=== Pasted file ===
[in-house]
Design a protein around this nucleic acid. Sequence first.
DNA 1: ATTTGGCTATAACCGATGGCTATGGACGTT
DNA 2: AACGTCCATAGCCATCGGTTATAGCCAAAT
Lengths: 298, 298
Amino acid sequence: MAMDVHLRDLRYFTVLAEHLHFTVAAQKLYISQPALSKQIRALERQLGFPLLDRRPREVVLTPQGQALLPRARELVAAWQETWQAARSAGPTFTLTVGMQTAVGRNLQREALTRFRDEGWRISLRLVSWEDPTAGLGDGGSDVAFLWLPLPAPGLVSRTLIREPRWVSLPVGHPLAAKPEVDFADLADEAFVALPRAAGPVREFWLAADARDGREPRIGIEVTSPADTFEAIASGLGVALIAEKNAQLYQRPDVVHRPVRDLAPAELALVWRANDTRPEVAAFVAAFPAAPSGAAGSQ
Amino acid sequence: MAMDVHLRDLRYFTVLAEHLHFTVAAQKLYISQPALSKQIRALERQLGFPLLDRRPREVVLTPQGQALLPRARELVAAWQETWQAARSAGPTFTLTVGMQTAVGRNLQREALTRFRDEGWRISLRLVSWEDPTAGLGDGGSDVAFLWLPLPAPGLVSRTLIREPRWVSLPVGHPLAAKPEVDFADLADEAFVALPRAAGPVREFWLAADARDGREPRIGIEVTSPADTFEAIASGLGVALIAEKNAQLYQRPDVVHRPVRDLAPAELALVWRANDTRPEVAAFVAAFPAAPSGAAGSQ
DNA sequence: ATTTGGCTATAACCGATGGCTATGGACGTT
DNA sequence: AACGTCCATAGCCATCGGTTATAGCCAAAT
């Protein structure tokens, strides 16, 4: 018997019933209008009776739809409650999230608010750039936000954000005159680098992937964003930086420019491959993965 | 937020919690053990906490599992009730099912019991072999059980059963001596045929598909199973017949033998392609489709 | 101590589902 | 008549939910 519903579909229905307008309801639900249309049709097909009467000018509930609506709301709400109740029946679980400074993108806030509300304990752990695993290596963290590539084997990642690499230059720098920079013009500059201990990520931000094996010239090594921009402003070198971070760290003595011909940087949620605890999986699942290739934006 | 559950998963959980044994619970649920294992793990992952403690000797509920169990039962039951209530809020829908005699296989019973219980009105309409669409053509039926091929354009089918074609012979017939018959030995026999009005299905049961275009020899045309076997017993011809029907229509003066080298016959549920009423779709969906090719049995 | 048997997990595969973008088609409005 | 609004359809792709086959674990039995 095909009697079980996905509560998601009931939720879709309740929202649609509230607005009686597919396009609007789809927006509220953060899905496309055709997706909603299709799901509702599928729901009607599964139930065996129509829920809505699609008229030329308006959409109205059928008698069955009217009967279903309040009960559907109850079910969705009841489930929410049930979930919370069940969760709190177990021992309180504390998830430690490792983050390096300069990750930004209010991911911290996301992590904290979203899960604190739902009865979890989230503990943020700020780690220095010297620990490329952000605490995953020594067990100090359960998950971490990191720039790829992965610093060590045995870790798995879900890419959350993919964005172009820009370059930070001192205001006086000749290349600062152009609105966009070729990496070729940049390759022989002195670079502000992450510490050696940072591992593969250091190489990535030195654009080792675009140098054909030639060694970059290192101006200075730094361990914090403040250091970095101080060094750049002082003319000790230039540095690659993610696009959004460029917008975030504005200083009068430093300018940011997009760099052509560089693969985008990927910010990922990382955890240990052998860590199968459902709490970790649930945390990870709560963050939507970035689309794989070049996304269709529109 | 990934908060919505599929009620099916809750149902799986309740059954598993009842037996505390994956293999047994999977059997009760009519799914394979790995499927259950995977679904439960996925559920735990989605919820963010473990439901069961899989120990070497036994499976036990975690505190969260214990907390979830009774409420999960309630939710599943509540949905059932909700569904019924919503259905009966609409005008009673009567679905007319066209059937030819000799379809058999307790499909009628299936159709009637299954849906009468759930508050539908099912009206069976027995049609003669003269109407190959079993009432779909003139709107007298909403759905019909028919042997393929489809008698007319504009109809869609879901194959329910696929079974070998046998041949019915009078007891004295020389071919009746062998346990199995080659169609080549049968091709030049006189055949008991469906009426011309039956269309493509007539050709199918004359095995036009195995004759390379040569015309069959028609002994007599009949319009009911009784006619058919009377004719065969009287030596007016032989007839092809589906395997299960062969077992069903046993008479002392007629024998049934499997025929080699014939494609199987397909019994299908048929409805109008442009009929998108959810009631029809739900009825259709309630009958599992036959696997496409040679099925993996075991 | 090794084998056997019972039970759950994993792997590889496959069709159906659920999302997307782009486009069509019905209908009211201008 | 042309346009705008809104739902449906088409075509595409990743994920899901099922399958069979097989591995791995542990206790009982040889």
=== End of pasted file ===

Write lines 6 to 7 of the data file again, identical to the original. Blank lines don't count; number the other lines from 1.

Amino acid sequence: MAMDVHLRDLRYFTVLAEHLHFTVAAQKLYISQPALSKQIRALERQLGFPLLDRRPREVVLTPQGQALLPRARELVAAWQETWQAARSAGPTFTLTVGMQTAVGRNLQREALTRFRDEGWRISLRLVSWEDPTAGLGDGGSDVAFLWLPLPAPGLVSRTLIREPRWVSLPVGHPLAAKPEVDFADLADEAFVALPRAAGPVREFWLAADARDGREPRIGIEVTSPADTFEAIASGLGVALIAEKNAQLYQRPDVVHRPVRDLAPAELALVWRANDTRPEVAAFVAAFPAAPSGAAGSQ
Amino acid sequence: MAMDVHLRDLRYFTVLAEHLHFTVAAQKLYISQPALSKQIRALERQLGFPLLDRRPREVVLTPQGQALLPRARELVAAWQETWQAARSAGPTFTLTVGMQTAVGRNLQREALTRFRDEGWRISLRLVSWEDPTAGLGDGGSDVAFLWLPLPAPGLVSRTLIREPRWVSLPVGHPLAAKPEVDFADLADEAFVALPRAAGPVREFWLAADARDGREPRIGIEVTSPADTFEAIASGLGVALIAEKNAQLYQRPDVVHRPVRDLAPAELALVWRANDTRPEVAAFVAAFPAAPSGAAGSQ